The meadow is beginning to show signs of autumn. Where the bracken has started to encroach onto the thinner soil round its edges, the plants haven't done well and are dying early, their leaves often turning into rich shades as they fade.
Another, deeper shade is provided by this plant, which an internet search says is Hypericum androsaemum, commonly called tutsan, a name that's new to me. The big berries are interesting because it was these that the female blackcap was eating when we saw her in the garden the other day.
Bog asphodel is a pretty flower, if disliked by the crofters for the effect it can have on their sheep, but this year its seed heads are providing another splash of late colour.
The meadow is divided in two by a small burn that forms waterfalls over the scarps of dolerite that run parallel to the contours. A honeysuckle grows above one of the plunge pools and blooms each year, but these are the last of this year's flowers.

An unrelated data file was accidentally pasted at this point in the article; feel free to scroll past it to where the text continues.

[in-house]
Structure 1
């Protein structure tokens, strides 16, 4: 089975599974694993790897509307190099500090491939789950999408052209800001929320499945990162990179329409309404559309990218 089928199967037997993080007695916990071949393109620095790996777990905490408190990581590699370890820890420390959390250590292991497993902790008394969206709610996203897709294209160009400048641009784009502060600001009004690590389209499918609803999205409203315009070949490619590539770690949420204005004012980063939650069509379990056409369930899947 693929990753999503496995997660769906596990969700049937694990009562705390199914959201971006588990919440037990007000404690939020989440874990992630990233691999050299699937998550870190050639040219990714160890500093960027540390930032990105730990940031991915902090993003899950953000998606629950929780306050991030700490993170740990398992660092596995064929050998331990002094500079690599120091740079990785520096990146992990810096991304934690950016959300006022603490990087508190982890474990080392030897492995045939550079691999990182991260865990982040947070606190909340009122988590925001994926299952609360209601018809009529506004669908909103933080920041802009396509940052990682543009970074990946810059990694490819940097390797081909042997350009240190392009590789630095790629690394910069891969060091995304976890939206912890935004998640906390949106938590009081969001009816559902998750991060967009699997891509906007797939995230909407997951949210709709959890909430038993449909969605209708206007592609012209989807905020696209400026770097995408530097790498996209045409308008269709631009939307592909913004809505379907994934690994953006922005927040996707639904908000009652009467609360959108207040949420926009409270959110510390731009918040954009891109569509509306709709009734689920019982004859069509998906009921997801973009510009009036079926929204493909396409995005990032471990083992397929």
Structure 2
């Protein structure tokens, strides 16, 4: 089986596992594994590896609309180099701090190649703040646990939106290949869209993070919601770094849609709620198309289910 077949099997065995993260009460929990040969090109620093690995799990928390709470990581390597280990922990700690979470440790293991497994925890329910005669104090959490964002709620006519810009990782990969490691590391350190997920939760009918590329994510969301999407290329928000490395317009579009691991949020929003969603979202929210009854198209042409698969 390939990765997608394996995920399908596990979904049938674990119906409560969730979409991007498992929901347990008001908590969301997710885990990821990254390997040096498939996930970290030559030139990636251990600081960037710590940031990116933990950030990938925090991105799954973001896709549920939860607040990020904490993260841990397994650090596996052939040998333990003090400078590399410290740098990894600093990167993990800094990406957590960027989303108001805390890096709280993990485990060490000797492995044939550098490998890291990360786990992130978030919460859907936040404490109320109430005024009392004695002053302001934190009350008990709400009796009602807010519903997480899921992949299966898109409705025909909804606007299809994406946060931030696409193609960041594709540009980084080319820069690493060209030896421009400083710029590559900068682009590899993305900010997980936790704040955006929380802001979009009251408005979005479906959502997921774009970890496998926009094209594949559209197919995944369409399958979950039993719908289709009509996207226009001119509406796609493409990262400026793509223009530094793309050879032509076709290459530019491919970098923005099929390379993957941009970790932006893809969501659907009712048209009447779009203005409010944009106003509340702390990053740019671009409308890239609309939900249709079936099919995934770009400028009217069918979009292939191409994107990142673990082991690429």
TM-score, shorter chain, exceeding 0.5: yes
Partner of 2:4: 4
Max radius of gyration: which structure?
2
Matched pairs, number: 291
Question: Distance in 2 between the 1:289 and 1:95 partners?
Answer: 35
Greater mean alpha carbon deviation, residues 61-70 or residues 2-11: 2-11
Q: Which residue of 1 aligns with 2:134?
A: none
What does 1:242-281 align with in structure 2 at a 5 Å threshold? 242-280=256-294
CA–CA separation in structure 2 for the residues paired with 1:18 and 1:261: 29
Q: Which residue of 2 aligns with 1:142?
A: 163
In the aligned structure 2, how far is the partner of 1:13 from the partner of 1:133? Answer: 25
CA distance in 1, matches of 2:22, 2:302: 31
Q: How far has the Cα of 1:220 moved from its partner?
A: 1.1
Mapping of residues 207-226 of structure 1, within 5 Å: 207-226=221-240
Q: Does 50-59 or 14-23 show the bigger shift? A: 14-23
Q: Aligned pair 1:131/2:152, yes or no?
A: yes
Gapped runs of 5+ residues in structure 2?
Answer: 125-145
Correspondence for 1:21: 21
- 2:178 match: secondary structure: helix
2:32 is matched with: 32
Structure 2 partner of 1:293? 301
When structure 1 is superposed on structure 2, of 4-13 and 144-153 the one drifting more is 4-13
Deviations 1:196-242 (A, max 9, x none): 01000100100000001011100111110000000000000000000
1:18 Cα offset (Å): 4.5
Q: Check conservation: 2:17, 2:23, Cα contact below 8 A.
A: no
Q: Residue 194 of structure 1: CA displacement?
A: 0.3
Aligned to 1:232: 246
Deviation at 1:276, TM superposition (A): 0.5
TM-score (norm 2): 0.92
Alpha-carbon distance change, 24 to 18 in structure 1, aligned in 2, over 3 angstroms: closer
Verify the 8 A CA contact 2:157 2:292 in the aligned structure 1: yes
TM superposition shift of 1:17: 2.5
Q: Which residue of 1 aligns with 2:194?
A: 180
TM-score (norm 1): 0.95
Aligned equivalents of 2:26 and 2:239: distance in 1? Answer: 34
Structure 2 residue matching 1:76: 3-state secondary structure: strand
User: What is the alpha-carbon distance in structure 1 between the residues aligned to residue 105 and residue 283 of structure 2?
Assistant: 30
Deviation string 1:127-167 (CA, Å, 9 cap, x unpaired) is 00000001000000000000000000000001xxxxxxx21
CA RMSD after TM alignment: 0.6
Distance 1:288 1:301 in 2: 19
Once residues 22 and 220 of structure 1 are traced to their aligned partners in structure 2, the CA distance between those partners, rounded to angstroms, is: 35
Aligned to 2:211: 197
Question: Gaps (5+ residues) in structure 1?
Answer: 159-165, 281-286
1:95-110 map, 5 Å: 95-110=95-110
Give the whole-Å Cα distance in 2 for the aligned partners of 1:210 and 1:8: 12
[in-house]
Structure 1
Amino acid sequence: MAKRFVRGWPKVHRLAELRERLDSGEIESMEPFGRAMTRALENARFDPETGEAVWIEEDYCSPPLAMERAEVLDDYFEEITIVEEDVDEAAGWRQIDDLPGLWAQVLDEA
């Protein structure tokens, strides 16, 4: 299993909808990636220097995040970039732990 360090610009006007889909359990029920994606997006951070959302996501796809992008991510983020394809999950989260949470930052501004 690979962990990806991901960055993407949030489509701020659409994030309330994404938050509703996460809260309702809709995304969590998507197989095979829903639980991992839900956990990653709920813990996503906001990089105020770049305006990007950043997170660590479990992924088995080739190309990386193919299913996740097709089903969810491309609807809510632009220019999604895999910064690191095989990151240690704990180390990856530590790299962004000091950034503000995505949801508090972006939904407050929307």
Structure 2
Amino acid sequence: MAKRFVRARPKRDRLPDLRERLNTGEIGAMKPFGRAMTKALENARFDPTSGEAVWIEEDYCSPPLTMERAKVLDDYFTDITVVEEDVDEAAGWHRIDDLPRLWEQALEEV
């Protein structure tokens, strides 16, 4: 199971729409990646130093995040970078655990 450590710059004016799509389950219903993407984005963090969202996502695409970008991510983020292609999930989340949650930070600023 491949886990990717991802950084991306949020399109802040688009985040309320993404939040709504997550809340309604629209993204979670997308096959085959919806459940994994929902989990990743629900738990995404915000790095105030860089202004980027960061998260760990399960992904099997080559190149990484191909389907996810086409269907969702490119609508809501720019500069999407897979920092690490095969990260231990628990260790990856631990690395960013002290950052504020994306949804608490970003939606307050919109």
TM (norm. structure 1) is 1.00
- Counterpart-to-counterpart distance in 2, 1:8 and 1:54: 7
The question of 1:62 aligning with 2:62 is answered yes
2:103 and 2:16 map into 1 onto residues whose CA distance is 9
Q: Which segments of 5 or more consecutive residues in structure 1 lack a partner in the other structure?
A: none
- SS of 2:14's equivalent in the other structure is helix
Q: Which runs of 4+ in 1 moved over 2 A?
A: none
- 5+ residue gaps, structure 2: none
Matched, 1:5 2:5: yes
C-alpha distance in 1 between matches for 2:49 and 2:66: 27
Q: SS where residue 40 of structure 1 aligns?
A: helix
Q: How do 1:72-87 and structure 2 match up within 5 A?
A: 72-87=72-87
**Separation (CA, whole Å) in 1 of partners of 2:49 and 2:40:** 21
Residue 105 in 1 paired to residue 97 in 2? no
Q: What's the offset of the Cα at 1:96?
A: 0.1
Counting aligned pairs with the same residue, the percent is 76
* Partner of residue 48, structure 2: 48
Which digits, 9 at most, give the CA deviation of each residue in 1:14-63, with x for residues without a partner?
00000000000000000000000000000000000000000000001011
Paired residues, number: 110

On a steep slope above the same waterfall the mass of bell heather flowers attracted a red admiral. While this butterfly isn't common around here, and is most often spotted when it settles on the buddleia in our garden, this is the only one we've seen so far this year.
The pair of bullfinches seem to have settled down very well into their new home in Ormsaigbeg. We saw the male in our vegetable garden again the other day, and the female sat very patiently on a branch on the edge of the meadow while she had her picture taken.